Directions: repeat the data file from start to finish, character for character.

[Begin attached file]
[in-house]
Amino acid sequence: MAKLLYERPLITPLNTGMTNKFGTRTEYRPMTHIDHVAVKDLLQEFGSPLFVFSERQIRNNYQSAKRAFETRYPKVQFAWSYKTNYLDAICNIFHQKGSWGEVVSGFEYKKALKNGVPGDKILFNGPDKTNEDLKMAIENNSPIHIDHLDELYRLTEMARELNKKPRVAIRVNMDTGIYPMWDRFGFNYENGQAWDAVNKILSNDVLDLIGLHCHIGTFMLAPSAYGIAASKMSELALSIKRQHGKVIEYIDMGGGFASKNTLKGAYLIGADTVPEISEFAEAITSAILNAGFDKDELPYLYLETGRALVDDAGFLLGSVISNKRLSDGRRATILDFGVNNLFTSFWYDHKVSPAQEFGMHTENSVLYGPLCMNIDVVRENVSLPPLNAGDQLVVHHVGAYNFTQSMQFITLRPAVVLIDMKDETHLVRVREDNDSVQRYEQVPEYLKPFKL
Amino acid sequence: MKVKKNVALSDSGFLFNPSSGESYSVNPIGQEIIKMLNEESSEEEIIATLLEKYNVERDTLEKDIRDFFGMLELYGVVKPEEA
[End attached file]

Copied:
[in-house]
Amino acid sequence: MAKLLYERPLITPLNTGMTNKFGTRTEYRPMTHIDHVAVKDLLQEFGSPLFVFSERQIRNNYQSAKRAFETRYPKVQFAWSYKTNYLDAICNIFHQKGSWGEVVSGFEYKKALKNGVPGDKILFNGPDKTNEDLKMAIENNSPIHIDHLDELYRLTEMARELNKKPRVAIRVNMDTGIYPMWDRFGFNYENGQAWDAVNKILSNDVLDLIGLHCHIGTFMLAPSAYGIAASKMSELALSIKRQHGKVIEYIDMGGGFASKNTLKGAYLIGADTVPEISEFAEAITSAILNAGFDKDELPYLYLETGRALVDDAGFLLGSVISNKRLSDGRRATILDFGVNNLFTSFWYDHKVSPAQEFGMHTENSVLYGPLCMNIDVVRENVSLPPLNAGDQLVVHHVGAYNFTQSMQFITLRPAVVLIDMKDETHLVRVREDNDSVQRYEQVPEYLKPFKL
Amino acid sequence: MKVKKNVALSDSGFLFNPSSGESYSVNPIGQEIIKMLNEESSEEEIIATLLEKYNVERDTLEKDIRDFFGMLELYGVVKPEEA